It was several weeks later, and Jane had all but forgotten about the doll, the dream, and even the friction with Ram. She had exchanged a few routine emails with Khajee, to confirm that all was going smoothly with the new supplier in Vietnam. There were no problems to speak of, and Jane turned her attention to other issues, of which there were plenty. She also readied herself for David Haley’s return. Less than a week now. Jane could hardly wait.
Jane returned from a hurried lunch one day to find a large cardboard box placed atop her desk. It was not wholly unusual for such containers to be delivered directly to her office. When there were quality problems with a component within Jane’s sphere of responsibility, a plant quality manager would sometimes box up a sample of the defective parts and ship them to Jane for her reference and personal inspection.
This was a practice that Jane encouraged, where appropriate. When she needed to describe a quality problem to a supplier representative located six or eight time zones away—a man or a woman who spoke English as a second language—the task was made much easier if Jane had a sample of the offending components in her hands. Sometimes she snapped photos of the components and emailed them to the supplier representative before calling.
As Jane approached the box she noticed right away that it bore the return address label of the TRX Automotive plant in Thailand. Khajee Wongsuwon’s information had been written with a black felt-tip pen.
As Jane began to tear open the box, her first assumption was that it would contain, as usual, defective mass production components. Her only hope was that these wouldn't be components from the new supplier in Vietnam. There would be no end to Ram’s gloating, and he would immediately lobby to get the old supplier reinstated.
The size and weight of the box suggested a collection of large, fragile parts—definitely portions of an ignition system’s electronic circuitry, rather than one of the heavier housings.
She lifted open the top flaps of the box, and then removed a covering of several Styrofoam sheets. Then she caught a glimpse of the object that had been shipped to her attention.
Her initial, immediate impression was that someone from Thailand had sent her a severed human head—for the first thing she saw of the main contents of the box was a length of braided black hair. But not even the wildest flight of fancy could permit this impression to persist for long. There were limits to what Jane could believe, even after that disturbing dream she had in Thailand, a dream that she now rarely thought about.
Jane almost screamed, though, when the overhead fluorescent lights of her office revealed exactly what Khajee had, in fact, sent her: Little Lawan, the luk thep, the angel/spirit doll, was seated in the box amid a pile of Styrofoam chips. Lawan was clad in the same red and white dress, her pigtails as neat and tightly braided as they had been when Jane had seen her a few weeks ago, in Khajee’s office in Thailand.
The doll looked exactly as she had in the dream, sitting in the corner of the hut while the adolescent girl murdered her latest sibling…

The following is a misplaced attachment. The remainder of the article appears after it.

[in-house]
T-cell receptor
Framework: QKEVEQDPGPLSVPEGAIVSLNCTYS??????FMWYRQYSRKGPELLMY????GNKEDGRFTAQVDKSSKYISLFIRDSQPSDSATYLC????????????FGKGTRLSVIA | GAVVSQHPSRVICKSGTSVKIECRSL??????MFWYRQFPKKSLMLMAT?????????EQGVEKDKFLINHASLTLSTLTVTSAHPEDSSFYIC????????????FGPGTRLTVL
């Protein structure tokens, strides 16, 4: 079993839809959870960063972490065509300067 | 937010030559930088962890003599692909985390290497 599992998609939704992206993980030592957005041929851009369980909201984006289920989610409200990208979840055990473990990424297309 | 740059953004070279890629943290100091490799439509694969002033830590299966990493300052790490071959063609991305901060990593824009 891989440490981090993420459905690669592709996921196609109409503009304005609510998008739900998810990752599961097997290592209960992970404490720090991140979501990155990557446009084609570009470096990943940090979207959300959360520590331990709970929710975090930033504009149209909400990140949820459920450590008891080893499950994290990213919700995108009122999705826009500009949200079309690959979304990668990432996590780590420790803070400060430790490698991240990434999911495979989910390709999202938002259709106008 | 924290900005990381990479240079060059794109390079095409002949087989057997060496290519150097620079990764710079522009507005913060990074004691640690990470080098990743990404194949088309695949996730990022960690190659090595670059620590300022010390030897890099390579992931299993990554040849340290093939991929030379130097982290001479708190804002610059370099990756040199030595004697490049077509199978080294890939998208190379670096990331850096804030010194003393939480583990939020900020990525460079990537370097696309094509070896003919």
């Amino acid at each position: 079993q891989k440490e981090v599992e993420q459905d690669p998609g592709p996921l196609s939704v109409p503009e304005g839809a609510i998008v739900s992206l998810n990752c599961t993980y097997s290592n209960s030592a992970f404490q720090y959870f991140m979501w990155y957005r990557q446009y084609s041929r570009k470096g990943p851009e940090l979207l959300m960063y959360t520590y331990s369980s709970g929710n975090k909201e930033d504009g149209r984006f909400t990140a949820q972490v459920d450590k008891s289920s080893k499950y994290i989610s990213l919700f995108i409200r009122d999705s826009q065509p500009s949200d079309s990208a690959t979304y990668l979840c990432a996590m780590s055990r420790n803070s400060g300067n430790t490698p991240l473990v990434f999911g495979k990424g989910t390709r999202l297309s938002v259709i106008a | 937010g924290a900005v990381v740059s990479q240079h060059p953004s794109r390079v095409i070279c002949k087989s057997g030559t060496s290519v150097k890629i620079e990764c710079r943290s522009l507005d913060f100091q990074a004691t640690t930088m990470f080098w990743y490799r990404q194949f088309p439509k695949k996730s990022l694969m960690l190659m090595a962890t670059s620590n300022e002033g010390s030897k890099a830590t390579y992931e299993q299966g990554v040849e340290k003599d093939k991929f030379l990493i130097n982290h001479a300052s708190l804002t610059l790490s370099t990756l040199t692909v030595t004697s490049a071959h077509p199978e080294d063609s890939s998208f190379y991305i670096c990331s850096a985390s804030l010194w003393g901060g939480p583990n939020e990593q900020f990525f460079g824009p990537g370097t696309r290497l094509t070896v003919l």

For a moment Jane believed that she was going to swoon. Suddenly, she had an image of the doll climbing into the box by its own power, then closing the flaps of the box above its head, so that it could make the journey to America.
That was ridiculous, needless to say. As ridiculous as Khajee shipping this, of all things, to her all the way from Thailand.
What the hell?
There was a note in Lawan’s lap. Now Jane was once again catching flashbacks from the dream, the murderous girl in her early teens, doing what she had done to her infant siblings. All three of them. Nevertheless, Jane was able to summon the objectivity needed to make a crucial discernment: the note was not from Lawan, either Lawan the doll—or Lawan, the girl in the dream. The note was from Khajee. The very human Khajee who had now sent her an inexplicable package. Perhaps the note would provide an explanation.
The note was written in blue ink, in Khajee’s hand. Despite Khajee’s otherwise fluent English, the hand-printed letters revealed Khajee’s lack of intimate familiarity with the shapes of the Latin alphabet. The letters curved and swirled like the Thai script. Khajee’s words were legible, however:
I hope you’re well. As for me, I have great news! I met the most wonderful man. His name is Tom and he's British. Tom works for a multinational here in Thailand.
I think that Tom and I will end up getting married! This means that I’ll have children of my own, and I won’t need Lawan anymore.
I’ve therefore decided to give Lawan to you, Jane, in order that Lawan may bring you happiness. As she has brought me happiness!
Just then, someone spoke behind her. A male voice.
“Jane! There you are. I was looking for you.”
Jane turned and saw that her boss, Martin Tully, had walked in. Martin was in his mid-forties. He had the bearing and gently declining physique of a former athlete who now spent most of his waking hours in a corporate setting. Martin had walked in while Jane was opening the box.
“I wanted to check the status of the status of the Santos Electronics issue,” Martin said. “I have to go into a board meeting this afternoon. The production VPs are going to want to know where we stand.”